With value being defined as:
providers of products are often very focused on the denominator of the equation as the relationship between cost and price is gross margin. 

Price, in many cases, is controlled by the market in which the product is being sold. Cost, on the other hand, is very much in the control of the provider based on the decisions made during the design of the product. Those same decisions can also directly impact the numerator of the value equation and tend to be the primary focus of the development team (“form, fit, and function”). The concept of “concurrent product and process design” emphasizes the relationship between product design decisions and process design decisions and how together they directly impact the final cost of the project. Design for Manufacture and Assembly (DFMA®) is an analytical approach that brings “concurrent product and process design” from theory into practical application.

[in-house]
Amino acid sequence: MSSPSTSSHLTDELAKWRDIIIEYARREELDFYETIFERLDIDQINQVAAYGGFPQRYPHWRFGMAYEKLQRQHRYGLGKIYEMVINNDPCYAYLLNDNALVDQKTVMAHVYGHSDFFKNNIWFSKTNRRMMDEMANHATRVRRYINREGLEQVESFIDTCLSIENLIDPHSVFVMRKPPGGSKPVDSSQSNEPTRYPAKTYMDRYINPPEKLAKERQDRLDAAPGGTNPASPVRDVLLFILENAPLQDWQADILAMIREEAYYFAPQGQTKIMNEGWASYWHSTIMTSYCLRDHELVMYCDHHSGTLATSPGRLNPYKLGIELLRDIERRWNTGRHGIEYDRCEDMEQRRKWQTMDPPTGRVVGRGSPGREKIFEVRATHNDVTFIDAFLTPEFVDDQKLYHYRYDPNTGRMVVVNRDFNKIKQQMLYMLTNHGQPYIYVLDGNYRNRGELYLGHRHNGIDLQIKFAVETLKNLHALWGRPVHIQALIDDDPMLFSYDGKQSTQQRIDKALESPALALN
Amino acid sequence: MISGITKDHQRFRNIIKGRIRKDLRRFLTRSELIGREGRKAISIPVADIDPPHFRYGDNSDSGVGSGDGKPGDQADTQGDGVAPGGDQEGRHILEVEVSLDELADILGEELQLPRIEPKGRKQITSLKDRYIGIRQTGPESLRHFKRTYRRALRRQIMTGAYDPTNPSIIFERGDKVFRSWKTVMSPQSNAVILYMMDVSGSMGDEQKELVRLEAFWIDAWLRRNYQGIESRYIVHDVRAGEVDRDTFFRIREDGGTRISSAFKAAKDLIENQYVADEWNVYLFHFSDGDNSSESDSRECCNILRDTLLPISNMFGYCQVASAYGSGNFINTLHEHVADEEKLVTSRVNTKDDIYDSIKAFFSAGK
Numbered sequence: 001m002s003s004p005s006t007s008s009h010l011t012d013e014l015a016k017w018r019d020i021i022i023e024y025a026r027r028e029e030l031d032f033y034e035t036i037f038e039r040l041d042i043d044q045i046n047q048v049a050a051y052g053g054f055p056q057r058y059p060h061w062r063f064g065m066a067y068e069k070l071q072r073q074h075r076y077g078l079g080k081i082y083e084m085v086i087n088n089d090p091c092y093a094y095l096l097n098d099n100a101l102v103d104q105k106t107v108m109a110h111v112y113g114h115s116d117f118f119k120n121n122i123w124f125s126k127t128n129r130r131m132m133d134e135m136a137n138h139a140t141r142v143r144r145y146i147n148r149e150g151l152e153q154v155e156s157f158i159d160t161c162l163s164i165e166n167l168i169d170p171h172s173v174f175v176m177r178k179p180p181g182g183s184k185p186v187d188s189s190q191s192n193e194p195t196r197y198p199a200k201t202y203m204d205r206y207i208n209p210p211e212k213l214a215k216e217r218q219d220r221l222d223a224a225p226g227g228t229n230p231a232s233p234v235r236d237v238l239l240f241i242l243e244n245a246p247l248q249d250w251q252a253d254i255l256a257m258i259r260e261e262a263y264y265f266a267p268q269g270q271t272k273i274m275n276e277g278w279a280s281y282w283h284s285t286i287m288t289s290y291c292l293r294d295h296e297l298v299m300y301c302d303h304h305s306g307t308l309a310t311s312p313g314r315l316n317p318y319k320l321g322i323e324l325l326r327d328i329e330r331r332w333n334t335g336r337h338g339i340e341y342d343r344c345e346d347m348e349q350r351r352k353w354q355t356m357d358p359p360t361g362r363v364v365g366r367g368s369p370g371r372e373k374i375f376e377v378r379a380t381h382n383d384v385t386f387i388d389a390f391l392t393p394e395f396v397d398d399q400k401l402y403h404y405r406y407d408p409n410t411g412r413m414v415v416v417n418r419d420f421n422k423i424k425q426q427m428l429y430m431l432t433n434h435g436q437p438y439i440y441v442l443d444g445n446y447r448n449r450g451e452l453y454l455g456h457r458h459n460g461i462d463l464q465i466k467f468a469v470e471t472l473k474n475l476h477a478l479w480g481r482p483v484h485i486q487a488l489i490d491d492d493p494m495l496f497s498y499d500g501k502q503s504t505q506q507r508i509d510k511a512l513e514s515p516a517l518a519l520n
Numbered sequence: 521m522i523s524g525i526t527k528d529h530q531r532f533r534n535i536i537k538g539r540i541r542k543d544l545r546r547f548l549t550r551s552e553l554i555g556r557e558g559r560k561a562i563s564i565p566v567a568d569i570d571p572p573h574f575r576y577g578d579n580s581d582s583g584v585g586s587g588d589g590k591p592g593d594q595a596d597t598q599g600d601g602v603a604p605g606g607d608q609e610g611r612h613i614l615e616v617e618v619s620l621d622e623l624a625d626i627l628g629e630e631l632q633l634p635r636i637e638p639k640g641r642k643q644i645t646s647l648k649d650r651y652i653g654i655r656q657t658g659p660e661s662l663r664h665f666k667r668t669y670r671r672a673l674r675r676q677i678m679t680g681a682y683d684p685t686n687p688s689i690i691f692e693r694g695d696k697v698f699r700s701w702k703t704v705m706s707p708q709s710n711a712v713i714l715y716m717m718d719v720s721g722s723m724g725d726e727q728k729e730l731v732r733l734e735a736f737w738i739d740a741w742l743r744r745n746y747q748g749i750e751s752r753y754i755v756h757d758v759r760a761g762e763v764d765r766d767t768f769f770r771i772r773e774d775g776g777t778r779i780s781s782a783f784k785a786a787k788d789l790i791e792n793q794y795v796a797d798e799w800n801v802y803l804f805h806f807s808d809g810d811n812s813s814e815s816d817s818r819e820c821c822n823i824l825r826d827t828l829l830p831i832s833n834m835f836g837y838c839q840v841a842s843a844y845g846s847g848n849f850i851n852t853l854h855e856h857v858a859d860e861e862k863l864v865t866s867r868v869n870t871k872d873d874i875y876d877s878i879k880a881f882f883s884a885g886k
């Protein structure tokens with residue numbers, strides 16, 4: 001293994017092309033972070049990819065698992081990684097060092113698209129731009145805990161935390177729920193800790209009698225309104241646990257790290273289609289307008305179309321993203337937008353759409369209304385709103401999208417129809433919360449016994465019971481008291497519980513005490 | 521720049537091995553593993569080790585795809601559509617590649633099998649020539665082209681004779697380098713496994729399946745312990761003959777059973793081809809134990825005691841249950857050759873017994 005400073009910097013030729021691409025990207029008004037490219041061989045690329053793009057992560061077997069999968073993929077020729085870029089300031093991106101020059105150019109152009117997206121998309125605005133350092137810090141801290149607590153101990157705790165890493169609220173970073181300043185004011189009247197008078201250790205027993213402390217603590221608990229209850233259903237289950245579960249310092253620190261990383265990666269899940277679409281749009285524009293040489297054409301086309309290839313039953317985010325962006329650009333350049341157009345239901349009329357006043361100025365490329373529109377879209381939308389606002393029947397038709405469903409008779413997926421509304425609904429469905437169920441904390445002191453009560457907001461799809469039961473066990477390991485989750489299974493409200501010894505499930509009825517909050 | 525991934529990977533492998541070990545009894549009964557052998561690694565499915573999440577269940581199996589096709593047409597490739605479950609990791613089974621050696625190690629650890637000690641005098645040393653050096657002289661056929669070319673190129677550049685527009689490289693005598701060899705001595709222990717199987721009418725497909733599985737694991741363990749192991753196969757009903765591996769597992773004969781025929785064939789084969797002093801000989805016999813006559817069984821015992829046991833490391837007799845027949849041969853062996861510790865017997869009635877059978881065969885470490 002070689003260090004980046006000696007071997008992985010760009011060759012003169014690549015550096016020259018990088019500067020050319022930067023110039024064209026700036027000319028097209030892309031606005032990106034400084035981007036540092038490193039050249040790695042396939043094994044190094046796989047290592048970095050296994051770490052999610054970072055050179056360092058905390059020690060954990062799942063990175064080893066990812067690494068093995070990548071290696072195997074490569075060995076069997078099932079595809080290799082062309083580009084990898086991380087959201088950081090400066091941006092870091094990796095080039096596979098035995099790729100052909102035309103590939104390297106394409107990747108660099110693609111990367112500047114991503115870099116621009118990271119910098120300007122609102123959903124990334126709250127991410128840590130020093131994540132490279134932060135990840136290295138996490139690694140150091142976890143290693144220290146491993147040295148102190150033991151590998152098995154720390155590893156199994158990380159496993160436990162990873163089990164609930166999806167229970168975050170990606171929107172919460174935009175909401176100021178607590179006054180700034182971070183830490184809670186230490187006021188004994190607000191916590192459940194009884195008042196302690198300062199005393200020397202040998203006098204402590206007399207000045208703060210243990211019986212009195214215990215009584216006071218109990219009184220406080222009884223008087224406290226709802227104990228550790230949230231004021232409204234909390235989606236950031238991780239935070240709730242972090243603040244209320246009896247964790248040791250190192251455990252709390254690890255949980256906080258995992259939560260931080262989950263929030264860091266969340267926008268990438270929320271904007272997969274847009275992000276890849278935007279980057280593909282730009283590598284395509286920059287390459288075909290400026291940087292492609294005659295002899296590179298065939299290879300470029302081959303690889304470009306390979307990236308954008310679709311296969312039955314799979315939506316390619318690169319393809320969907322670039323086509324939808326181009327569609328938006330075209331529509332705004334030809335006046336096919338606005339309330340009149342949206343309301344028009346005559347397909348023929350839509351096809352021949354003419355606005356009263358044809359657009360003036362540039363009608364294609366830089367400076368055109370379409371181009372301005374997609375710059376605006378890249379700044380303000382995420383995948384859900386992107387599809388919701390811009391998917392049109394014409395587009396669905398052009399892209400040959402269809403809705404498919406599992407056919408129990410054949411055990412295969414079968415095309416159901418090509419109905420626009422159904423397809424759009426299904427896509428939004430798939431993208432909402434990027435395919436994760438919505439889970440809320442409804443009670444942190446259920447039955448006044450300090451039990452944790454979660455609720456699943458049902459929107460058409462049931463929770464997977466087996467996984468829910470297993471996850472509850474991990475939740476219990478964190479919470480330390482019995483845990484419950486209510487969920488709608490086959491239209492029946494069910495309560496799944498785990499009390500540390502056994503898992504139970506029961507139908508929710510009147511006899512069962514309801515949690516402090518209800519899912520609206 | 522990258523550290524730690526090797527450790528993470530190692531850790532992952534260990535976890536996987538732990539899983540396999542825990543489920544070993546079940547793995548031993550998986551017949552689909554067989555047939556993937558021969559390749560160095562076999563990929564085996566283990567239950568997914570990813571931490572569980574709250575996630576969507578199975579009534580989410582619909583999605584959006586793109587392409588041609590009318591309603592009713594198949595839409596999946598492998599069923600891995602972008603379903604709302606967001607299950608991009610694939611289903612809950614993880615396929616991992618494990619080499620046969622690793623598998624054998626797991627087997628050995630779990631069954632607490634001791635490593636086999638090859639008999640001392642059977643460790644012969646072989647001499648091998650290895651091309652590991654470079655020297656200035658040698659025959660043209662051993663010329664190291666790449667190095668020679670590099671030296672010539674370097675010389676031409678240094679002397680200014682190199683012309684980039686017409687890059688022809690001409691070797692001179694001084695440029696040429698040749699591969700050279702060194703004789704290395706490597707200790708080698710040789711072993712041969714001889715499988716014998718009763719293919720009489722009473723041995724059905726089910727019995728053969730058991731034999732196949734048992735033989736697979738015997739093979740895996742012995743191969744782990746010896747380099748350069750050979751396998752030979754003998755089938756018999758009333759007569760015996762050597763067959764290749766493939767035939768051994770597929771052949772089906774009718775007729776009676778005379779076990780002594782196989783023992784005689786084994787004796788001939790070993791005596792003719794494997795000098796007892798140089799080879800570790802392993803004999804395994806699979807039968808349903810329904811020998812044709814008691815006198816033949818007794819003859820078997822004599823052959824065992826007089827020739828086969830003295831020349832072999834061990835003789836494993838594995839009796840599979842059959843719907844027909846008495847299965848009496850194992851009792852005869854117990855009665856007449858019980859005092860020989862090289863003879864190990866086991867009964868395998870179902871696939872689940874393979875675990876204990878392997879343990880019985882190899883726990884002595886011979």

The primary focus of Design for Assembly (DFA) is to simplify the design of the product and therefore also simplify the production process. This is done with a heavy emphasis on the part count within any given design concept. Through part count reduction, the assembly process and factory operations are made more efficient and, typically, the unit manufacturing cost (UMC) of a product is greatly reduced while simultaneously improving the inherent quality and reliability of the product (the numerator of the value equation). However, there are instances where part count reduction can actually increase the UMC of the product due to increased complexity in the part manufacturing or fabrication process. Design for Manufacture (DFM) thus provides part cost information which, combined with the DFA data, yields an estimate of UMC. Together, DFMA® enables product development teams to quickly evaluate different product design concepts and make data-based decisions about the product design. If started early in the product development process, this can lead to dramatic improvements in cost, quality, and time to market.